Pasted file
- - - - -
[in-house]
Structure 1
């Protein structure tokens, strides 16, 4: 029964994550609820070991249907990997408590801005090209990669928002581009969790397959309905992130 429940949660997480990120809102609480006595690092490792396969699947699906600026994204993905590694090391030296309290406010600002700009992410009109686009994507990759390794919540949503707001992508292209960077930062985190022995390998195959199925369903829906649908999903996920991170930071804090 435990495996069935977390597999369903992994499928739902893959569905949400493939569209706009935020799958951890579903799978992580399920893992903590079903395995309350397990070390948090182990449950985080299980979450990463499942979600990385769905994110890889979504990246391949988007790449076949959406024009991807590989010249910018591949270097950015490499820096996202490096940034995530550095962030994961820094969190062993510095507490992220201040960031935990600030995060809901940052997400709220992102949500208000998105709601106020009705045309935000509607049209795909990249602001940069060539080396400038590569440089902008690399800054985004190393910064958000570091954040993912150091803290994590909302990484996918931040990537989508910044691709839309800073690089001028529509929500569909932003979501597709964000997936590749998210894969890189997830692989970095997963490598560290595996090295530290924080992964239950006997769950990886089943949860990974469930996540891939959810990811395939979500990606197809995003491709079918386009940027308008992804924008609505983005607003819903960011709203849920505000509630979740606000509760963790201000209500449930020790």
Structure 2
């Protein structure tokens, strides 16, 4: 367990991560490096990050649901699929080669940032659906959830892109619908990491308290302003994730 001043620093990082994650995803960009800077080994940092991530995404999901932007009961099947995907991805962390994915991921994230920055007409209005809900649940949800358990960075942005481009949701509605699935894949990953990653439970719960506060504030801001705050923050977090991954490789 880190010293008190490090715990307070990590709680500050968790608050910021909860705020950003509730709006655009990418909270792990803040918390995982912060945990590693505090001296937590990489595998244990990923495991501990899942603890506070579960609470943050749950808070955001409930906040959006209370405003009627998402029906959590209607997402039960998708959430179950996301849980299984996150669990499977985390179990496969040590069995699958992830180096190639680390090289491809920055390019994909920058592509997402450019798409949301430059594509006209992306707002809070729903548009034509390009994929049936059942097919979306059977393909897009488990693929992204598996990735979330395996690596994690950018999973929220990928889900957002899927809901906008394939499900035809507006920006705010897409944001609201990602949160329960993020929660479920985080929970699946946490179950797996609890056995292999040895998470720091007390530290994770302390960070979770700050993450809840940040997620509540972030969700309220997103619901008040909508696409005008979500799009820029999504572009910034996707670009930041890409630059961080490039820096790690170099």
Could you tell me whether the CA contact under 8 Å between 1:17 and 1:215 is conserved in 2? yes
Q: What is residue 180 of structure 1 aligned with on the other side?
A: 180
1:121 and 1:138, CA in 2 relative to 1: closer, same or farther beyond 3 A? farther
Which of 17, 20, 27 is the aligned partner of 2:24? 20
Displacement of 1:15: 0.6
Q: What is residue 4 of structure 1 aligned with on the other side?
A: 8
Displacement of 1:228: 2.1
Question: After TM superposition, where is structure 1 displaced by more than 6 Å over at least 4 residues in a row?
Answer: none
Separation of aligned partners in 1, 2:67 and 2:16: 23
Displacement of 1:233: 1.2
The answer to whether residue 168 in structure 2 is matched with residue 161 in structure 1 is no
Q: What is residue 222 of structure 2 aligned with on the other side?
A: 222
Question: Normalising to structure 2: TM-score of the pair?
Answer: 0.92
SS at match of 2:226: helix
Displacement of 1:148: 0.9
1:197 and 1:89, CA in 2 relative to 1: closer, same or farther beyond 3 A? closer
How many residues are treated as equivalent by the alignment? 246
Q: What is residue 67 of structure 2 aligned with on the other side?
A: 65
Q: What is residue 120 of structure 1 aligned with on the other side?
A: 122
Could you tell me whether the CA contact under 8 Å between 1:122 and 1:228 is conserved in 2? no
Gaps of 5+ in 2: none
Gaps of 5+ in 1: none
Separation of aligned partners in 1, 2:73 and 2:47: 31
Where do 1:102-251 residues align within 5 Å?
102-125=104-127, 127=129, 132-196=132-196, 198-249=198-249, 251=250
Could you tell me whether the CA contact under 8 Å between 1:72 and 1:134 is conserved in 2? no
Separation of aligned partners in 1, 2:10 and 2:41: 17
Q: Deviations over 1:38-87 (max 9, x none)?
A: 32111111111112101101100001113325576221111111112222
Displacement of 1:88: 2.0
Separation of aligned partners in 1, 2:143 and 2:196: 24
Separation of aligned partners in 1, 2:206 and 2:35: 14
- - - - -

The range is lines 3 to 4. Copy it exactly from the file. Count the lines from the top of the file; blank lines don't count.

């Protein structure tokens, strides 16, 4: 029964994550609820070991249907990997408590801005090209990669928002581009969790397959309905992130 429940949660997480990120809102609480006595690092490792396969699947699906600026994204993905590694090391030296309290406010600002700009992410009109686009994507990759390794919540949503707001992508292209960077930062985190022995390998195959199925369903829906649908999903996920991170930071804090 435990495996069935977390597999369903992994499928739902893959569905949400493939569209706009935020799958951890579903799978992580399920893992903590079903395995309350397990070390948090182990449950985080299980979450990463499942979600990385769905994110890889979504990246391949988007790449076949959406024009991807590989010249910018591949270097950015490499820096996202490096940034995530550095962030994961820094969190062993510095507490992220201040960031935990600030995060809901940052997400709220992102949500208000998105709601106020009705045309935000509607049209795909990249602001940069060539080396400038590569440089902008690399800054985004190393910064958000570091954040993912150091803290994590909302990484996918931040990537989508910044691709839309800073690089001028529509929500569909932003979501597709964000997936590749998210894969890189997830692989970095997963490598560290595996090295530290924080992964239950006997769950990886089943949860990974469930996540891939959810990811395939979500990606197809995003491709079918386009940027308008992804924008609505983005607003819903960011709203849920505000509630979740606000509760963790201000209500449930020790």
Structure 2